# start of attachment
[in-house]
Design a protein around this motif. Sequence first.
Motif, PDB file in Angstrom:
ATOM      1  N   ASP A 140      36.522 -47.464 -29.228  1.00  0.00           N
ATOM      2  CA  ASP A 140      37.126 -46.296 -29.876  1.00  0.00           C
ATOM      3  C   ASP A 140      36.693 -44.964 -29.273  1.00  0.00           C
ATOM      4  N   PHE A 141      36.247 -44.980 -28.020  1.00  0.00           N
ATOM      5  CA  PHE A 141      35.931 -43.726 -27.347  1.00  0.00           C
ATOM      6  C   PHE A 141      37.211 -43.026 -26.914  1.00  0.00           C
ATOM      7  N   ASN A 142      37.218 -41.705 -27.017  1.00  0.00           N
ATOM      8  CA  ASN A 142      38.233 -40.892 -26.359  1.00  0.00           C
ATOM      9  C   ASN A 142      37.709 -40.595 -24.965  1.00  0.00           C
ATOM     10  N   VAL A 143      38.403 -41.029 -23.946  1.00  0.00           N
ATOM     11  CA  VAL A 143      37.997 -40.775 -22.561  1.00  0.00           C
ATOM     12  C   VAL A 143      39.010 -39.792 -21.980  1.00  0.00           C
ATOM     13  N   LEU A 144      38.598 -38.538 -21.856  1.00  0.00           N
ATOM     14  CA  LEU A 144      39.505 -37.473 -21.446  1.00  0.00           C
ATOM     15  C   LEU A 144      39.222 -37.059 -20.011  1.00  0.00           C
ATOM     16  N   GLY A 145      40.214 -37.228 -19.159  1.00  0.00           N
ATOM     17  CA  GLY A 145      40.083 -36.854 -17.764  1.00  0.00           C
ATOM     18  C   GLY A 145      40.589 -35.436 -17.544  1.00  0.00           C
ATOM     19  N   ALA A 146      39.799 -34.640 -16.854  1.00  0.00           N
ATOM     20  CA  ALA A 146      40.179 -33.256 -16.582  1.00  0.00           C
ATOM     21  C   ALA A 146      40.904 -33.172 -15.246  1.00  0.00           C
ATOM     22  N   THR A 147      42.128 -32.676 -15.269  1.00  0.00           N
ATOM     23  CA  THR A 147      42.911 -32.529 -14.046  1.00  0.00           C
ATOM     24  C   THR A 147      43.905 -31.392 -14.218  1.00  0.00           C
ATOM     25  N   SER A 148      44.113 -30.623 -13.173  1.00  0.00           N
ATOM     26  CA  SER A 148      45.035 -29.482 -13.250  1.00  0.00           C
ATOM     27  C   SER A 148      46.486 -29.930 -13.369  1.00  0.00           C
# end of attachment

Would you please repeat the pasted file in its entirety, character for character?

[in-house]
Design a protein around this motif. Sequence first.
Motif, PDB file in Angstrom:
ATOM      1  N   ASP A 140      36.522 -47.464 -29.228  1.00  0.00           N
ATOM      2  CA  ASP A 140      37.126 -46.296 -29.876  1.00  0.00           C
ATOM      3  C   ASP A 140      36.693 -44.964 -29.273  1.00  0.00           C
ATOM      4  N   PHE A 141      36.247 -44.980 -28.020  1.00  0.00           N
ATOM      5  CA  PHE A 141      35.931 -43.726 -27.347  1.00  0.00           C
ATOM      6  C   PHE A 141      37.211 -43.026 -26.914  1.00  0.00           C
ATOM      7  N   ASN A 142      37.218 -41.705 -27.017  1.00  0.00           N
ATOM      8  CA  ASN A 142      38.233 -40.892 -26.359  1.00  0.00           C
ATOM      9  C   ASN A 142      37.709 -40.595 -24.965  1.00  0.00           C
ATOM     10  N   VAL A 143      38.403 -41.029 -23.946  1.00  0.00           N
ATOM     11  CA  VAL A 143      37.997 -40.775 -22.561  1.00  0.00           C
ATOM     12  C   VAL A 143      39.010 -39.792 -21.980  1.00  0.00           C
ATOM     13  N   LEU A 144      38.598 -38.538 -21.856  1.00  0.00           N
ATOM     14  CA  LEU A 144      39.505 -37.473 -21.446  1.00  0.00           C
ATOM     15  C   LEU A 144      39.222 -37.059 -20.011  1.00  0.00           C
ATOM     16  N   GLY A 145      40.214 -37.228 -19.159  1.00  0.00           N
ATOM     17  CA  GLY A 145      40.083 -36.854 -17.764  1.00  0.00           C
ATOM     18  C   GLY A 145      40.589 -35.436 -17.544  1.00  0.00           C
ATOM     19  N   ALA A 146      39.799 -34.640 -16.854  1.00  0.00           N
ATOM     20  CA  ALA A 146      40.179 -33.256 -16.582  1.00  0.00           C
ATOM     21  C   ALA A 146      40.904 -33.172 -15.246  1.00  0.00           C
ATOM     22  N   THR A 147      42.128 -32.676 -15.269  1.00  0.00           N
ATOM     23  CA  THR A 147      42.911 -32.529 -14.046  1.00  0.00           C
ATOM     24  C   THR A 147      43.905 -31.392 -14.218  1.00  0.00           C
ATOM     25  N   SER A 148      44.113 -30.623 -13.173  1.00  0.00           N
ATOM     26  CA  SER A 148      45.035 -29.482 -13.250  1.00  0.00           C
ATOM     27  C   SER A 148      46.486 -29.930 -13.369  1.00  0.00           C